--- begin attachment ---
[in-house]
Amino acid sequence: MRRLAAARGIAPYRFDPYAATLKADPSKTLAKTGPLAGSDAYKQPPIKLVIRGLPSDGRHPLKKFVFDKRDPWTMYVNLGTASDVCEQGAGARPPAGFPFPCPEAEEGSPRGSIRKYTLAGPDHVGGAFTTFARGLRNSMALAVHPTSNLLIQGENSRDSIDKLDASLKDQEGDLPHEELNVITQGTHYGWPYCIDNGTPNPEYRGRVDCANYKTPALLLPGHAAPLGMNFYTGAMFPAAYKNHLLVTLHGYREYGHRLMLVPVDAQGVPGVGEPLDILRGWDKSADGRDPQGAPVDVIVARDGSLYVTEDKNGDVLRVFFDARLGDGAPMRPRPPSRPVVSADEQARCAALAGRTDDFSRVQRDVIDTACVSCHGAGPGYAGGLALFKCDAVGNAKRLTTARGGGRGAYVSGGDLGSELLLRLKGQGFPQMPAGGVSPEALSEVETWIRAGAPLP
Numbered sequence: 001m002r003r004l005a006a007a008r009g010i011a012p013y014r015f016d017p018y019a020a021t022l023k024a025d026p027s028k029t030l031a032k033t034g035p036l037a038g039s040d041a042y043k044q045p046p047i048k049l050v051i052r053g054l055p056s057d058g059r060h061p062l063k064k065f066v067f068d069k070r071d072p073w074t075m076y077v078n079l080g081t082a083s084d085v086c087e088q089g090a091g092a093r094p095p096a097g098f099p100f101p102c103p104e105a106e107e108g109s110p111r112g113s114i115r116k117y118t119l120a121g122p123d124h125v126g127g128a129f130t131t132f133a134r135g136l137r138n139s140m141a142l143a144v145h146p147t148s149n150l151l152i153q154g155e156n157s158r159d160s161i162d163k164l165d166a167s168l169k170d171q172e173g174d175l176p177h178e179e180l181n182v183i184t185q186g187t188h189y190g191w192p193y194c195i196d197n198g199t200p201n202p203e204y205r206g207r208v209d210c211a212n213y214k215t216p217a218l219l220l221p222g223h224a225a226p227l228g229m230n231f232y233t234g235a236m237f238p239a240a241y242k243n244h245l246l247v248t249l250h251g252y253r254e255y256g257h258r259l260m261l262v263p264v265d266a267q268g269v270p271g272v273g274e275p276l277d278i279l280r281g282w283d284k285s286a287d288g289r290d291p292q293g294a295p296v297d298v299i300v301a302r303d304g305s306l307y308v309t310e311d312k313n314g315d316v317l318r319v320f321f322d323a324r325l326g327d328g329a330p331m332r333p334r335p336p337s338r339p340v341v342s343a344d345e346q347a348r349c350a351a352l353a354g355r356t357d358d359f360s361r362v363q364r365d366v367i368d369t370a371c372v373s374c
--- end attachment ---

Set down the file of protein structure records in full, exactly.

[in-house]
Amino acid sequence: MRRLAAARGIAPYRFDPYAATLKADPSKTLAKTGPLAGSDAYKQPPIKLVIRGLPSDGRHPLKKFVFDKRDPWTMYVNLGTASDVCEQGAGARPPAGFPFPCPEAEEGSPRGSIRKYTLAGPDHVGGAFTTFARGLRNSMALAVHPTSNLLIQGENSRDSIDKLDASLKDQEGDLPHEELNVITQGTHYGWPYCIDNGTPNPEYRGRVDCANYKTPALLLPGHAAPLGMNFYTGAMFPAAYKNHLLVTLHGYREYGHRLMLVPVDAQGVPGVGEPLDILRGWDKSADGRDPQGAPVDVIVARDGSLYVTEDKNGDVLRVFFDARLGDGAPMRPRPPSRPVVSADEQARCAALAGRTDDFSRVQRDVIDTACVSCHGAGPGYAGGLALFKCDAVGNAKRLTTARGGGRGAYVSGGDLGSELLLRLKGQGFPQMPAGGVSPEALSEVETWIRAGAPLP
Numbered sequence: 001m002r003r004l005a006a007a008r009g010i011a012p013y014r015f016d017p018y019a020a021t022l023k024a025d026p027s028k029t030l031a032k033t034g035p036l037a038g039s040d041a042y043k044q045p046p047i048k049l050v051i052r053g054l055p056s057d058g059r060h061p062l063k064k065f066v067f068d069k070r071d072p073w074t075m076y077v078n079l080g081t082a083s084d085v086c087e088q089g090a091g092a093r094p095p096a097g098f099p100f101p102c103p104e105a106e107e108g109s110p111r112g113s114i115r116k117y118t119l120a121g122p123d124h125v126g127g128a129f130t131t132f133a134r135g136l137r138n139s140m141a142l143a144v145h146p147t148s149n150l151l152i153q154g155e156n157s158r159d160s161i162d163k164l165d166a167s168l169k170d171q172e173g174d175l176p177h178e179e180l181n182v183i184t185q186g187t188h189y190g191w192p193y194c195i196d197n198g199t200p201n202p203e204y205r206g207r208v209d210c211a212n213y214k215t216p217a218l219l220l221p222g223h224a225a226p227l228g229m230n231f232y233t234g235a236m237f238p239a240a241y242k243n244h245l246l247v248t249l250h251g252y253r254e255y256g257h258r259l260m261l262v263p264v265d266a267q268g269v270p271g272v273g274e275p276l277d278i279l280r281g282w283d284k285s286a287d288g289r290d291p292q293g294a295p296v297d298v299i300v301a302r303d304g305s306l307y308v309t310e311d312k313n314g315d316v317l318r319v320f321f322d323a324r325l326g327d328g329a330p331m332r333p334r335p336p337s338r339p340v341v342s343a344d345e346q347a348r349c350a351a352l353a354g355r356t357d358d359f360s361r362v363q364r365d366v367i368d369t370a371c372v373s374c